The library will host its Summer Reading Kickoff on June 1 at its Clay Hill-Middleburg from 10 a.m.-3 p.m., and at its Fleming Island branch all day, followed by a gathering from 3:30-5 p.m. in Keystone Heights on June 5.
Soon after the big kickoff, children will enjoy a series of special guests and events, beginning with All Together Now: A 1960s Dance Party, at 2:30 p.m. on June 5 in Green Cove Springs.
The party will celebrate the program’s onset, encouraging students to wear tie-dye T-shirts, beads, and bell bottoms. “Dance, make new friends, and have a good time!,” according to a press release from the library.
All ages are welcome and light refreshments will served.
County children will have several opportunities to attend “Wild Wonders: Scaly Sensations.”
The event will stop by Green Cove Springs on June 6 at 10:30 a.m., Orange Park on June 14 at 10:30 a.m., Middleburg-Clay Hill on June 14 at 2 p.m., Fleming Island on July 10 at 2 p.m. and Keystone Heights on July 17 at 3:30 p.m.
The interactive program will feature local and exotic reptiles, with subject matter delving into the details of the unique habitats and history of the scaly creatures, with story, music, and humor set the scene to entice children into learning more about the natural world.
Children and their families are invited and will be encouraged to hold selected animals.
Next, enter Anna Moo on June 12 in Fleming Island and Mr. Richard “Kids Gotta Rock!” July 10 in Middleburg Clay Hill, which are each slated for a start times of 2 p.m. and 10:30 a.m.
Singing, dancing and moving to the beat will be the three critical ingredients for rollicking fun for county children aged 3-11. At Anna Moo they will listen to the award-winning Children’s Music songwriter.
Moo is a six-time Parents Choice Gold Award winner and three-time American Library Association’s Awards winner that stars in Cajun, Spanish, Greek and Chinese genres, performing uplifting songs and stories from Florida and worldwide, such as her classic hit, “The Alligator Stomp.”
Mr. Richard will sing and perform during the Summer Reading Program’s “All Together Now,” at 10:30 a.m, at the Middleburg-Clay Hill.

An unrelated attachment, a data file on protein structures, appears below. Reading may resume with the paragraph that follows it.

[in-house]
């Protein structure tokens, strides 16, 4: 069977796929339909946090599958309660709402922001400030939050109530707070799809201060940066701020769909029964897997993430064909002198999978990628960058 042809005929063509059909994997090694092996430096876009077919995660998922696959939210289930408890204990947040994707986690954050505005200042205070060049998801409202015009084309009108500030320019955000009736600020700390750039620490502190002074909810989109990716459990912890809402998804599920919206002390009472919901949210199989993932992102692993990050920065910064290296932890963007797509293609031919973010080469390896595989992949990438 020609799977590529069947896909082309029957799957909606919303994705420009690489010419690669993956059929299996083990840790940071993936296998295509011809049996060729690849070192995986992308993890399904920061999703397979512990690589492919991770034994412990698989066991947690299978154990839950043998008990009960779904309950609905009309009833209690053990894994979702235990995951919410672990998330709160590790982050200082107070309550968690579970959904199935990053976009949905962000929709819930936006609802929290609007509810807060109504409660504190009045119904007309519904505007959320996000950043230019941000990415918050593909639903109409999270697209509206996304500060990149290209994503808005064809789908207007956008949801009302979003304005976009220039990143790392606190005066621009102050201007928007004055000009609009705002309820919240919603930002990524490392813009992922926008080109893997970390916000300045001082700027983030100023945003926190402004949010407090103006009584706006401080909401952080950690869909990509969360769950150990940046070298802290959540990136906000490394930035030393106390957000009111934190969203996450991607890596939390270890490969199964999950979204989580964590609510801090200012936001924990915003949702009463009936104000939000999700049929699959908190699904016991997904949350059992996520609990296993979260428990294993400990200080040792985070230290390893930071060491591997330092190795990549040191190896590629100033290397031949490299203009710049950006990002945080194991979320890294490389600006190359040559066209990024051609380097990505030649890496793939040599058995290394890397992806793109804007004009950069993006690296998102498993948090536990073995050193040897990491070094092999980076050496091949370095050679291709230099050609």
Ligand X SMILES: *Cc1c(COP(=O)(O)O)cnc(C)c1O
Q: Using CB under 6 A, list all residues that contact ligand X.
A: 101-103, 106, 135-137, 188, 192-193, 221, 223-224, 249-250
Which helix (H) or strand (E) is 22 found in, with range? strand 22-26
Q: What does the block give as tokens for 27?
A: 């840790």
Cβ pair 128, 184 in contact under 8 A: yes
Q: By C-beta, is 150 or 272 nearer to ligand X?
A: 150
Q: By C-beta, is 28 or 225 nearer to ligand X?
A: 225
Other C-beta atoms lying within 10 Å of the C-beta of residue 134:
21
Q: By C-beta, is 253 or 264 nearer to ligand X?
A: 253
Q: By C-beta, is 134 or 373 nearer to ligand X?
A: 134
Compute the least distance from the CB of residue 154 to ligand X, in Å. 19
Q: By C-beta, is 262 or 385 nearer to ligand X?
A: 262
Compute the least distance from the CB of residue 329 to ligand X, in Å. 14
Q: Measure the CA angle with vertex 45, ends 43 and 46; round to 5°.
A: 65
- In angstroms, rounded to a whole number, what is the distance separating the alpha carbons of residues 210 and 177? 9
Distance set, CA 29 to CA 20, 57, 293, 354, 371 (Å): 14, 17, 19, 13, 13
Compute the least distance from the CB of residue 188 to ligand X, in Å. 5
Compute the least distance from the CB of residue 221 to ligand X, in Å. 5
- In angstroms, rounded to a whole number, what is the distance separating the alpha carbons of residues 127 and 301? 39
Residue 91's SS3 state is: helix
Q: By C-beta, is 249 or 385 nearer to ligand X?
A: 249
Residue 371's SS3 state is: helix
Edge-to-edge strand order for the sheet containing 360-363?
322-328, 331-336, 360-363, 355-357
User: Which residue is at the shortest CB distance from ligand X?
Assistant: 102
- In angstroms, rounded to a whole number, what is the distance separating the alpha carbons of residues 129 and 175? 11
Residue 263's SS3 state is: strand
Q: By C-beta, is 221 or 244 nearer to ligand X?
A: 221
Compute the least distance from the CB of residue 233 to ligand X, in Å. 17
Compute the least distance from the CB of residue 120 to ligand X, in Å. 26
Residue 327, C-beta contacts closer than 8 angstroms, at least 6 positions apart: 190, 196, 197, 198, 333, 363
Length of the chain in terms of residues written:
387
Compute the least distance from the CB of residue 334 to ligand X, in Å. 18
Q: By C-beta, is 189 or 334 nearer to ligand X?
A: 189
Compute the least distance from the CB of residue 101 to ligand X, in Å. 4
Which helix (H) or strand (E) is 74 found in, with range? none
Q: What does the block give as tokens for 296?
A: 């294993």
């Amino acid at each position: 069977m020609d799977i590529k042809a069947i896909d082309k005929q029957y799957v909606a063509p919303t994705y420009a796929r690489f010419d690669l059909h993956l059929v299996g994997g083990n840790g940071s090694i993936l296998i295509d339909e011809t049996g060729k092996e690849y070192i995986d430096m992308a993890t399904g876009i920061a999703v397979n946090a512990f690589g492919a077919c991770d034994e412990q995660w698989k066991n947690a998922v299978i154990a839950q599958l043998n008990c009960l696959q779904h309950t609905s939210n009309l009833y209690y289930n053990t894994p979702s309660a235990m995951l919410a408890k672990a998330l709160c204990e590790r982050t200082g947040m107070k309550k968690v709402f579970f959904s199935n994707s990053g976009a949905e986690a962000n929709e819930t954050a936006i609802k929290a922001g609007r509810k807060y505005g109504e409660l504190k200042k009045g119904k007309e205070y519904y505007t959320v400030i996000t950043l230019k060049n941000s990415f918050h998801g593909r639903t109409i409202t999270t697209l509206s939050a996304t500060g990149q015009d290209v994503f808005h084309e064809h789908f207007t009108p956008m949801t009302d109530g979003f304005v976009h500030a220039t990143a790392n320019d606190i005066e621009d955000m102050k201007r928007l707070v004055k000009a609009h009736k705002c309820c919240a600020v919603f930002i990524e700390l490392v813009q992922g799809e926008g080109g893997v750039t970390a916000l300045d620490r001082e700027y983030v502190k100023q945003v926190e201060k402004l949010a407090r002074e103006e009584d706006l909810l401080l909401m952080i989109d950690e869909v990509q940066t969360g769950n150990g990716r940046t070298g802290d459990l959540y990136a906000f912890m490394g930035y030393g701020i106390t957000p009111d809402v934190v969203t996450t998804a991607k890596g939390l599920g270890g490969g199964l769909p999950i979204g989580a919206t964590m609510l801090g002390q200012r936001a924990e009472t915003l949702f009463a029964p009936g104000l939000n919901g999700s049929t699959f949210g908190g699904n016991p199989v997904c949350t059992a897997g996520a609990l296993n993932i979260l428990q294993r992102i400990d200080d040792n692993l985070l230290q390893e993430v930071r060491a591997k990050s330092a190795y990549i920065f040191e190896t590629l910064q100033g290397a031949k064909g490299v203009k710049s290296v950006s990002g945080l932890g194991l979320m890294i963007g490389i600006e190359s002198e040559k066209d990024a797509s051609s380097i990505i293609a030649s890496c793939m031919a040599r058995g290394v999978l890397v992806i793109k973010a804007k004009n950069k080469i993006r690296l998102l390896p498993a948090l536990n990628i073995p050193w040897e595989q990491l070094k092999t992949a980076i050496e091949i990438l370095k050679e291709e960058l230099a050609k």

Everyone is invited to “Mark Alan Magic!,” a fast-paced, high-energy show featuring a combination of comedy and magic mixed with audience participation.
The traveling tour will make stops in Green Cove Springs on June 18 at 10:30 a.m., Orange Park on June 19 at 10:30 a.m., Middleburg-Clay Hill on June 19 at 2 p.m. and Keystone Heights on June 27 at 2 p.m.
In DoDad’s Lab, a know-all science program about air presented by Professor DoDad, the expert will share music, comedy and fun science demonstrations.
The professor will visit Green Cove Springs on June 20 and Orange Park on June 21, with the starting time at both locations slated for 10:30 a.m.
As the summer progresses, the library encourages all participating children to pick up a reading log at any of the library’s locations, which should be tracked and returned to any branch. For each record that students submit, they will be eligible to win a prize.
To cap it off, students are invited to commemorate the season of reading with an End of Summer Celebration on June 28-29.
The first ceremony will be hosted at Middleburg-Clay Hill from 11 a.m.-1 p.m., followed by a dedication from 11:30 a.m.-noon on Fleming Island.
The only stoppages in play will be on June 19 and July 4 to celebrate Juneteenth and Independence Day, respectively.
In the midst of the reading fun, the County Public Library will partner with the school district to provide free lunch for children at the Middleburg-Clay Hill Library on Mondays and Wednesdays and at the Orange Park Library from noon-1 p.m. between June 5 and July 20, excluding July 3-4.
Nine special story time sessions for children aged five and younger will occur between June 10 and July 28 at the library’s Fleming Island, Green Cove Springs, and Orange Park branches, among other initiatives.
For a full list of events, please visit the following link: claycountygov.libcal.com/calendar/LibraryCalendar?cid=10392&t=d&d=0000-00-00&cal=10392&inc=0.